AFRICA IS A COUNTRY

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Monday, February 10th, 2014

Football, Art, and its Many Intersections: An Interview with Franklin Sirmans

Shortly after the opening of Fútbol: The Beautiful Game at the Los Angeles County Museum of Art (LACMA) I had the opportunity to speak with the exhibition’s curator, Franklin Sirmans. It was actually three days after the exhibition opened to the public, to be precise, and I’m grateful to Sirmans for scheduling a walkthrough with

Sunday, February 2nd, 2014

New Exhibition at LACMA Devoted to The Beautiful Game’s Global Significance

Today the Los Angeles County Museum of Art’s Fútbol: The Beautiful Game opens to the public. An exhibition curated by Franklin Sirmans, it is devoted to football’s global position as a “common human experience shared by spectators...

Thursday, July 4th, 2013

The Popular Resistance in Egypt

It feels like we have been here before. The last time I had to field this many phone calls, texts, and e-mails was in February 2011. Then, as now, Egyptians and their allies all over the world celebrated...

Monday, December 10th, 2012

Cairo mosh pit

A few days ago Tom posted another installment of 10 African films to watch out for, one of which is the documentary “Underground/On the Surface,” on the popular “second-class” youth music genre mahragan shaabi. While we wait to...

Friday, July 20th, 2012

What, dear readers, are your most cherished Ramadan meals and traditions?

It’s that time of year once more – Ramadan Kareem all! Last Ramadan I reminisced about my favourite sights and sounds in Egypt during our annual period of fasting and self-reflection. This year, food is on my mind....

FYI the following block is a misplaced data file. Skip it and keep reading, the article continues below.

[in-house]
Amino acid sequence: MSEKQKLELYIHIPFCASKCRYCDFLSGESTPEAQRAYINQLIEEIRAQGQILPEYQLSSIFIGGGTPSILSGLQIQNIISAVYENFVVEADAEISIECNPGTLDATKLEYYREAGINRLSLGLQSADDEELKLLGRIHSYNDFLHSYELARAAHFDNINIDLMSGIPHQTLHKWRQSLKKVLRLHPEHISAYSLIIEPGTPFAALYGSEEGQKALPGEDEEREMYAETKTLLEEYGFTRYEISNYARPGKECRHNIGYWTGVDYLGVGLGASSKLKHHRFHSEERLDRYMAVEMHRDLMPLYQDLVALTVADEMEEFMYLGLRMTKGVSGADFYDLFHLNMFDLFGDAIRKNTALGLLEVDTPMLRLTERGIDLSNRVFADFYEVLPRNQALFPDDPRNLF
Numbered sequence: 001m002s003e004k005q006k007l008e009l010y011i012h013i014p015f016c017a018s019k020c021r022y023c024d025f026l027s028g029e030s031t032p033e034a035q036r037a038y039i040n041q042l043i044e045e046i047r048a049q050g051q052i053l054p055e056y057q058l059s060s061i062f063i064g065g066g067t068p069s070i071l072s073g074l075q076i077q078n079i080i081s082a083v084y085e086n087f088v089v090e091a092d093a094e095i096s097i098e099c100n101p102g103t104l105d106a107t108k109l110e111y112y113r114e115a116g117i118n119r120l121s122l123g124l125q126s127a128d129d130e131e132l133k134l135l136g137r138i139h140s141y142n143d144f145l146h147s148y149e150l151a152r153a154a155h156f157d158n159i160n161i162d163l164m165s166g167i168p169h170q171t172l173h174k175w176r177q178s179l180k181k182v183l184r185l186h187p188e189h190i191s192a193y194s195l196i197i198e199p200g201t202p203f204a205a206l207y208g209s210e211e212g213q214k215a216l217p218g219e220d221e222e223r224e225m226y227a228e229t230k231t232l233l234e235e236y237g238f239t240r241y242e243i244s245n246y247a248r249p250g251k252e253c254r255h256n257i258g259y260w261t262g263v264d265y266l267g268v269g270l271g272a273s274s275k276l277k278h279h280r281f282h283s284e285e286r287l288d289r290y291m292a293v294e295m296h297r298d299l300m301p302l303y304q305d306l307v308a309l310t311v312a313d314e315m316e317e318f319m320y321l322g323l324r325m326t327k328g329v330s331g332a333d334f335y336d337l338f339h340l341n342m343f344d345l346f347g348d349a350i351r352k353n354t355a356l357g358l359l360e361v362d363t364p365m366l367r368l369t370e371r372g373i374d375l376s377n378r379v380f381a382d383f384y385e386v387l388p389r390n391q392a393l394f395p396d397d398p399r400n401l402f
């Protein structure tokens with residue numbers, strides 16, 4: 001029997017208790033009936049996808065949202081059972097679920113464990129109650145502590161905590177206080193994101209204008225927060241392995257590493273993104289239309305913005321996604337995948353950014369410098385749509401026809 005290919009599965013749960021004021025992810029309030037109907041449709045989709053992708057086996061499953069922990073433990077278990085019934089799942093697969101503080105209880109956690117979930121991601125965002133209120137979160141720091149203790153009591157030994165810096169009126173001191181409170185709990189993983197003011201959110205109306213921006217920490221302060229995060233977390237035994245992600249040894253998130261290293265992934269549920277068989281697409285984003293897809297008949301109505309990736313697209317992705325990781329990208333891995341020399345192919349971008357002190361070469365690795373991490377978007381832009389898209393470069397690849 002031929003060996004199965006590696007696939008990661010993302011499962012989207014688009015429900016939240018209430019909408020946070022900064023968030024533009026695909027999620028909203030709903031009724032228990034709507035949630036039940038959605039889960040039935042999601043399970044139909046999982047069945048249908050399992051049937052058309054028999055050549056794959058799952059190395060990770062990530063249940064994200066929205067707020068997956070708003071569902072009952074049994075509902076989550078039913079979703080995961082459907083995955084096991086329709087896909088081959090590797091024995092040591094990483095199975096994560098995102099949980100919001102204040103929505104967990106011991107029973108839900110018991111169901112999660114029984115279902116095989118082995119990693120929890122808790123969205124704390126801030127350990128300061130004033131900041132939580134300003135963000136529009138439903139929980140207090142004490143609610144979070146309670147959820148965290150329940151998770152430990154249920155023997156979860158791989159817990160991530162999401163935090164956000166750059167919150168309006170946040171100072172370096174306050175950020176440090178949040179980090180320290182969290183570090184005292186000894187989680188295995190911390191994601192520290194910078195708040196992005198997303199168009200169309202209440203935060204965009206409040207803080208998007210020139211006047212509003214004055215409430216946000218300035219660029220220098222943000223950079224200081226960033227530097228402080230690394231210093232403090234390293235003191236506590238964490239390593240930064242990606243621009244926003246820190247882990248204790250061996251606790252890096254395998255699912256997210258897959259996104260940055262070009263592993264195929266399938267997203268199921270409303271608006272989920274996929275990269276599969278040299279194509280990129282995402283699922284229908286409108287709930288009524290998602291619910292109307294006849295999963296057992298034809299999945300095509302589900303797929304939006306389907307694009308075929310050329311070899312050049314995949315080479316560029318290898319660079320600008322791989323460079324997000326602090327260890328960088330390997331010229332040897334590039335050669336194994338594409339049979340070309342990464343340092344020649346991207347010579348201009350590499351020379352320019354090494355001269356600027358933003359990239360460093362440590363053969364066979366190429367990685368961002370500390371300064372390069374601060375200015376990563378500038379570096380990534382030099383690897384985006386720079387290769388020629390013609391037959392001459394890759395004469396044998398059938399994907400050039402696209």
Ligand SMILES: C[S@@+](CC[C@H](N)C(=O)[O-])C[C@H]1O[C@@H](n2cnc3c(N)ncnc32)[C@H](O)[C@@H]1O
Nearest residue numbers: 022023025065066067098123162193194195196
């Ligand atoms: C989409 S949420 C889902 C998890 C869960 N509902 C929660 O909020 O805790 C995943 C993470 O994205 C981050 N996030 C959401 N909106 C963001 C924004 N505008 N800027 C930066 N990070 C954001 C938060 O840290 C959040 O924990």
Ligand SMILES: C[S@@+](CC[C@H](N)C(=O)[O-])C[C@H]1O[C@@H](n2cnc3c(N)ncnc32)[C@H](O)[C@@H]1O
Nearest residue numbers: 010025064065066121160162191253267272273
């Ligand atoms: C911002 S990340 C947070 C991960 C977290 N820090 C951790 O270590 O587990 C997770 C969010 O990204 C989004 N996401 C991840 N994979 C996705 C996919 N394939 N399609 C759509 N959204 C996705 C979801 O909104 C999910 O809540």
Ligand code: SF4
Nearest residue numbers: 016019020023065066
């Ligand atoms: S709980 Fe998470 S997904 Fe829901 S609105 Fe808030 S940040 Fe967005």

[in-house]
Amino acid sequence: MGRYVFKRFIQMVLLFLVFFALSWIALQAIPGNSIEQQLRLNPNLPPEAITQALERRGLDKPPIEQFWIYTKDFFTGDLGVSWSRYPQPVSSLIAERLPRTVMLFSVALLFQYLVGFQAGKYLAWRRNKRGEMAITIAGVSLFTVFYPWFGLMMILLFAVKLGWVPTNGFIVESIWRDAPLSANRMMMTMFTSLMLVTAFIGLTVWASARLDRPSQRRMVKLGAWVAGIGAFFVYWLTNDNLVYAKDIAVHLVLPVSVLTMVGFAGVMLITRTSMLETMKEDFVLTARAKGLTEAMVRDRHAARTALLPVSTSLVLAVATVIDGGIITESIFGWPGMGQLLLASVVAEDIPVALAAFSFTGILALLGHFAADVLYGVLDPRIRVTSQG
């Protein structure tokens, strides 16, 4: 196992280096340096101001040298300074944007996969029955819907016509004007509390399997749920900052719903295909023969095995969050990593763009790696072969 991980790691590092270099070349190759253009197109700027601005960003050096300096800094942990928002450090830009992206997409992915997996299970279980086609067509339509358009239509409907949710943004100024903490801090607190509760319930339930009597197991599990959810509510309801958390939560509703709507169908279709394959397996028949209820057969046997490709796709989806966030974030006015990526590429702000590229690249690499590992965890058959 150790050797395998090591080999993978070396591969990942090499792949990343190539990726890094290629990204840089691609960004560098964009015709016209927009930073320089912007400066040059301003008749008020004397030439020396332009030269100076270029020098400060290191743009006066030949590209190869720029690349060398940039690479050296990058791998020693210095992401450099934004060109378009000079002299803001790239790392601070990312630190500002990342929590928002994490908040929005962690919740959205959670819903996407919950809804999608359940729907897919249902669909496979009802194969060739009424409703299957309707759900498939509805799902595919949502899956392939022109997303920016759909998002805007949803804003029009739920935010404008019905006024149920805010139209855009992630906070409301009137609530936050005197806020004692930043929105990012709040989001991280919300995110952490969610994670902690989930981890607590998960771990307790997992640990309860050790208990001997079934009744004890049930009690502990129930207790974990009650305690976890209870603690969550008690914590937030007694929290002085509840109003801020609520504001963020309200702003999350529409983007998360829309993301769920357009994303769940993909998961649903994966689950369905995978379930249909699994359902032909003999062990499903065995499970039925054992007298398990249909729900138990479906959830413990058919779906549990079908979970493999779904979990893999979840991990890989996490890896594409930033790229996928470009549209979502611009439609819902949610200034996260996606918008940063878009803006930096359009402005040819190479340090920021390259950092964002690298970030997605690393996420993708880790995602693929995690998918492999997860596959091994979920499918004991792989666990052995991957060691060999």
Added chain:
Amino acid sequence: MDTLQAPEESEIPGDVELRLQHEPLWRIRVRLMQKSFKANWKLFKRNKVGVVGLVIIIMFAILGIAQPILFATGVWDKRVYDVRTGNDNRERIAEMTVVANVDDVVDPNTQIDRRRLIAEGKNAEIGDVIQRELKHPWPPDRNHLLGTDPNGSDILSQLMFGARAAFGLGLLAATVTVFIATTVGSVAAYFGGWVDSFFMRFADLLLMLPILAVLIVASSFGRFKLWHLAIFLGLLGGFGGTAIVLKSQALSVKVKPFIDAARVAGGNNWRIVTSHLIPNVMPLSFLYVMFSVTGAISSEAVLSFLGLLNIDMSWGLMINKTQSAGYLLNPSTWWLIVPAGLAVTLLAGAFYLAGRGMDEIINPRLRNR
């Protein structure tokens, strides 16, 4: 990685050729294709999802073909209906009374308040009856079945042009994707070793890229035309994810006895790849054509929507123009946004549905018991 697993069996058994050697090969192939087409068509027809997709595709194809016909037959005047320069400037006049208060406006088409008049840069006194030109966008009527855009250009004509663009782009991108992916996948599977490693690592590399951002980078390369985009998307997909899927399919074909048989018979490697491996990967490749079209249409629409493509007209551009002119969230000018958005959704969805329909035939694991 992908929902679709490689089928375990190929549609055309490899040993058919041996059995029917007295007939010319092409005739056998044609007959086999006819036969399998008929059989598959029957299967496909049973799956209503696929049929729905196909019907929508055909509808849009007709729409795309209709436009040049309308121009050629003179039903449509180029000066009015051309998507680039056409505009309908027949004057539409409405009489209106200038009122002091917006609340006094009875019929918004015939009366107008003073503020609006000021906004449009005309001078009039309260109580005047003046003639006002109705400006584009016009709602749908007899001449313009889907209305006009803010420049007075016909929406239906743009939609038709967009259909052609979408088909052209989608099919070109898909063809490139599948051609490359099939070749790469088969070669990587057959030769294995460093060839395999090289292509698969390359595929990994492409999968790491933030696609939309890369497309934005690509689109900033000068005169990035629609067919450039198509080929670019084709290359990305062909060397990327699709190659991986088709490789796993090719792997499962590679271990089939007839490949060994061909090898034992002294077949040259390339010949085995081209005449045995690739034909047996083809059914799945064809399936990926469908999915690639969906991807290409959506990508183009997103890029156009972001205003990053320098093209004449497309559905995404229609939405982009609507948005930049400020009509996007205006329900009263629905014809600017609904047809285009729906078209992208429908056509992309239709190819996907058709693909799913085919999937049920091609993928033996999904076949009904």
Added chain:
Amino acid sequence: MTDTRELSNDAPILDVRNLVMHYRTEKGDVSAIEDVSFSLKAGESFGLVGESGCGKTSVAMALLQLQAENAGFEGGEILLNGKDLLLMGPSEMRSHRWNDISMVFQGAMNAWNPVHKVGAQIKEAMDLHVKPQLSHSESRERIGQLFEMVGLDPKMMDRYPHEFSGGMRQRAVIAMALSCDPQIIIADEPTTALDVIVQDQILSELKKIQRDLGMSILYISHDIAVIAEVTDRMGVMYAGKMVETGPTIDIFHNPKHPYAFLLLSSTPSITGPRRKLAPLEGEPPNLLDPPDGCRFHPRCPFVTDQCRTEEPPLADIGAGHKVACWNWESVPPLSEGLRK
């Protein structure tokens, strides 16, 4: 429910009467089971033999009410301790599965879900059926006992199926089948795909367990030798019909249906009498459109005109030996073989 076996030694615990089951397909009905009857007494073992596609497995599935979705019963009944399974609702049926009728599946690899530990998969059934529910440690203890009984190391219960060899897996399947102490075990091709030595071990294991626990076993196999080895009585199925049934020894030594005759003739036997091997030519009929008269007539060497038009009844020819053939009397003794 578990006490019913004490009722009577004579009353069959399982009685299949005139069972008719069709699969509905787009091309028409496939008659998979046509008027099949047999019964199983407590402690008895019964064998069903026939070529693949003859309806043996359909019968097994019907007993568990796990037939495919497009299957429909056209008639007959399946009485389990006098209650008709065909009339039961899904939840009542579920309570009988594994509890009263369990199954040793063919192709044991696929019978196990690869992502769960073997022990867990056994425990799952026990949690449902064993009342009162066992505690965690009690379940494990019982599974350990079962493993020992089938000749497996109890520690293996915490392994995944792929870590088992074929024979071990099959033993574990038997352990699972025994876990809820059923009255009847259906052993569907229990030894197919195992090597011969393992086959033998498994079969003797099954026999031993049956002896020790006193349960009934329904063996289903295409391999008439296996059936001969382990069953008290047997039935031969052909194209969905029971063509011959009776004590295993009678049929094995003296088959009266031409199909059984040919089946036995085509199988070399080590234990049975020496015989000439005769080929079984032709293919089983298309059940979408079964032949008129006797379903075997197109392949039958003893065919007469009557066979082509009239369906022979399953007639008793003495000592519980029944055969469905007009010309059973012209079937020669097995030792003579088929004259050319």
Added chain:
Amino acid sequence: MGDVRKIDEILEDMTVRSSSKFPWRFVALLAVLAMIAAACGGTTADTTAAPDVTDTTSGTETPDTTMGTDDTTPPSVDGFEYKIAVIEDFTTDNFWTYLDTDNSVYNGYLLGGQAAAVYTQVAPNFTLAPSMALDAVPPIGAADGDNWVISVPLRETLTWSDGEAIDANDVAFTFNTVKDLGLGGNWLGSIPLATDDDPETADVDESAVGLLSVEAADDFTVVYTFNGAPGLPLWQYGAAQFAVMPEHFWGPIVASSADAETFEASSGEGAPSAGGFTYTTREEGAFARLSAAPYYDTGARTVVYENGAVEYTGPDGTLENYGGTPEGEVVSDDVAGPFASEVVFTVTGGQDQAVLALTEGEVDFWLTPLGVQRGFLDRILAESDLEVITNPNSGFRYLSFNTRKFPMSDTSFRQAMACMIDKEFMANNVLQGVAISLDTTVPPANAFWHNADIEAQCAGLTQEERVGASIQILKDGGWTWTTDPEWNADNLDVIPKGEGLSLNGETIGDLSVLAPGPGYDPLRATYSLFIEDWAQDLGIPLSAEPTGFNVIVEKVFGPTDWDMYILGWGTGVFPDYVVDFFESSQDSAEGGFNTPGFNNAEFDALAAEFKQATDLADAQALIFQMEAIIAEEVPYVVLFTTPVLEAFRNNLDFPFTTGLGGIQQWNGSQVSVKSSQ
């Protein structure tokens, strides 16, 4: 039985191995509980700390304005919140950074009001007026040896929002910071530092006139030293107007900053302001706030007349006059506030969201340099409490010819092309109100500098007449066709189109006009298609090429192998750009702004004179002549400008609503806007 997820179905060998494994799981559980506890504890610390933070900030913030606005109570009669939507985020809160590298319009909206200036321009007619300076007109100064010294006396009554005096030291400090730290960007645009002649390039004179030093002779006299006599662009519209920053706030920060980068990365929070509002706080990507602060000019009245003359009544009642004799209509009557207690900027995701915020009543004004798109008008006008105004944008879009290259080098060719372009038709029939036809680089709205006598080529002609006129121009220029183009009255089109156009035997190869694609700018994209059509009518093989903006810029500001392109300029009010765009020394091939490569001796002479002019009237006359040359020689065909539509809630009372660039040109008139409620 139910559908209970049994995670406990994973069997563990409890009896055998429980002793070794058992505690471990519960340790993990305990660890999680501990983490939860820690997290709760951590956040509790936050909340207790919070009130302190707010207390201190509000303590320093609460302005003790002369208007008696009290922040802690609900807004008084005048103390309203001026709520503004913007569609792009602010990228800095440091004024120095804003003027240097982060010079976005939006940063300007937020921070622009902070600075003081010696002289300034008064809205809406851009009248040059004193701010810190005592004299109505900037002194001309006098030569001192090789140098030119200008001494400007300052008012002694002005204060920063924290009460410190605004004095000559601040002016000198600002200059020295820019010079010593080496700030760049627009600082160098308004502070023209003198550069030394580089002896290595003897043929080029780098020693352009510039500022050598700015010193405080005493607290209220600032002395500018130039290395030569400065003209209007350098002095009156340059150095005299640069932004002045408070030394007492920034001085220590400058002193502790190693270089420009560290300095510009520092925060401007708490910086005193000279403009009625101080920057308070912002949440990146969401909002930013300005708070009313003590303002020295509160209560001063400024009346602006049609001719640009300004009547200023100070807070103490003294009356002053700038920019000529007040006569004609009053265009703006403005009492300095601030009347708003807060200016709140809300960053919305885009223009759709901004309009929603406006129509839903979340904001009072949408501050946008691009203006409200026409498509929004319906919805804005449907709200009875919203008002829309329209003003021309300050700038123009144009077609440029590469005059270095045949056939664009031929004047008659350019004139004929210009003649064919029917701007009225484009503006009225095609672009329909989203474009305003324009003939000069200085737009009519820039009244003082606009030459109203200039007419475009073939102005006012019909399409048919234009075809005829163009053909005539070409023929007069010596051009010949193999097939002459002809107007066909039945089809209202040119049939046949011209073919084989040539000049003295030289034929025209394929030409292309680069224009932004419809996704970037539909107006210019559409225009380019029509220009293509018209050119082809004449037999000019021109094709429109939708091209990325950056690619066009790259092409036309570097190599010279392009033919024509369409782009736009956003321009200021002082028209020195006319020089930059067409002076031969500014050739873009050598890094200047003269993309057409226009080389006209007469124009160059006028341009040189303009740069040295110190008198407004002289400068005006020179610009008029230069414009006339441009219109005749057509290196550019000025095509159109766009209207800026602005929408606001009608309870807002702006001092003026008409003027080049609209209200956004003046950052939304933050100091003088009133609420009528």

Friday, June 22nd, 2012

Mubarak is a Diva

So much has been written on the Egyptian presidential elections already that it is a bit overwhelming to weigh in on them now. So let me be clear – this post is intended only to introduce some...

Friday, May 18th, 2012

The Unfinished Revolutions

What is the nature of the Arab Revolution? Why did it start and where is it headed? Most important, what is the potential for the emergence of new forms of political democracy, social equality, and regional autonomy...

Friday, May 18th, 2012

Why We Loved Warda

Yesterday, 72 year old French-born Algerian-Lebanese songstress Warda Al-Jazairia passed away. Known just as Warda to her millions of beloved fans, she leaves behind a legacy comparable to such musical stars as Umm Kulthum. Warda died in...

Thursday, April 5th, 2012

The Defiant One (in Morocco)

Tuesday, April 3rd, 2012

Nawal el Saadawi on Egypt’s Revolution

The current issue of Bidoun magazine features a very timely conversation with Egyptian feminist Nawal el Saadawi. Her view that “nothing has changed” in Egypt since January 25 of last year and her contempt for the co-optation...

Wednesday, February 8th, 2012

In Praise of Mohamed Aboutrika

My brother, Karim, does a guest post on Mohamed Aboutrika, the 2008 BBC African Footballer of the Year, and arguably one of Egypt's greatest players as well as a hero off the field. He announced his...

Saturday, February 4th, 2012

M.I.A’s Bad Girls

I’m feeling a little puzzled by M.I.A’s video for Bad Girls (which originally appeared on her Vicky Leekx mixtape). In what I suppose is intended to be edgy imagery, M.I.A gyrates in the midst of ‘veiled’ women...

Thursday, February 2nd, 2012

The ‘football riot’ in Egypt

On Wednesday, after Al Masry beat Al Ahly 3-1, attackers armed with knives and clubs stormed the pitch. Whether the armed crowds were only Al Masry Ultras or not is still being debated–after all, why attack the...

Wednesday, February 1st, 2012

Ahdaf Soueif’s Cairo

Days after "The Economist" decided no-one in the "Middle East" reads books, Ahdaf Soueif dedicated a short piece to Cairo in Newsweek. Just like Youssef Chahine's Cairo, beautifully expressed on film, Soueif identifies the ugliness that exists...

Thursday, January 26th, 2012